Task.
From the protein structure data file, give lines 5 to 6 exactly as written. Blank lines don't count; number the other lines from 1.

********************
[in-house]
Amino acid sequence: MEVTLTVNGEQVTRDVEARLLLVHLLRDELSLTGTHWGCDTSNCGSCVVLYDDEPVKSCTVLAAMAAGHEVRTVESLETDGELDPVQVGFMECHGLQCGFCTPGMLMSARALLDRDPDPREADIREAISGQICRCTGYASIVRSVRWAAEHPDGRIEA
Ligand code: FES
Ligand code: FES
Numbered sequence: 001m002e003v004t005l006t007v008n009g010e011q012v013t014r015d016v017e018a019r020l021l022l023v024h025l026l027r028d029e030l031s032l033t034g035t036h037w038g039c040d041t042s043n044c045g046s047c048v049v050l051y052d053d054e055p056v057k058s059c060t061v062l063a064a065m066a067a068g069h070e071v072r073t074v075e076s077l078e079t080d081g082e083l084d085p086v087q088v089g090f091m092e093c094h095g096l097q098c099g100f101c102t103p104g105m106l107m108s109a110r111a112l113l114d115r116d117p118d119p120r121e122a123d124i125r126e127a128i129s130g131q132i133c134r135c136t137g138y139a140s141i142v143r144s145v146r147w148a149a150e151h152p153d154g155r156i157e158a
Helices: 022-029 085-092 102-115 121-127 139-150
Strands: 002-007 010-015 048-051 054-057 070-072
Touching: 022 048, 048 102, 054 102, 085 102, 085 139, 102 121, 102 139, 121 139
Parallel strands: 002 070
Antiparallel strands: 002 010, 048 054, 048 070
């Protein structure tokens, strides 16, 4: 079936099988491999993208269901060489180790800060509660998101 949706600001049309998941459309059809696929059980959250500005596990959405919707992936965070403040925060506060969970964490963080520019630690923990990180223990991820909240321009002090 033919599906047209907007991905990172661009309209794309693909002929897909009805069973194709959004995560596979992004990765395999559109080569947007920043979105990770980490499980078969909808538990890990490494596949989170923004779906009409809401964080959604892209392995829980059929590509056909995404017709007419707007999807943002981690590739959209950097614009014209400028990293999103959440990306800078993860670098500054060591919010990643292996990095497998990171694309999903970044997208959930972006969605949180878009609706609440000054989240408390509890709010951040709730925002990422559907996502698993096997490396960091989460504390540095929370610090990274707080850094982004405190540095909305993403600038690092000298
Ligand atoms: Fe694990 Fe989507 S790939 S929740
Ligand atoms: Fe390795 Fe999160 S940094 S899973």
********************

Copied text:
Numbered sequence: 001m002e003v004t005l006t007v008n009g010e011q012v013t014r015d016v017e018a019r020l021l022l023v024h025l026l027r028d029e030l031s032l033t034g035t036h037w038g039c040d041t042s043n044c045g046s047c048v049v050l051y052d053d054e055p056v057k058s059c060t061v062l063a064a065m066a067a068g069h070e071v072r073t074v075e076s077l078e079t080d081g082e083l084d085p086v087q088v089g090f091m092e093c094h095g096l097q098c099g100f101c102t103p104g105m106l107m108s109a110r111a112l113l114d115r116d117p118d119p120r121e122a123d124i125r126e127a128i129s130g131q132i133c134r135c136t137g138y139a140s141i142v143r144s145v146r147w148a149a150e151h152p153d154g155r156i157e158a
Helices: 022-029 085-092 102-115 121-127 139-150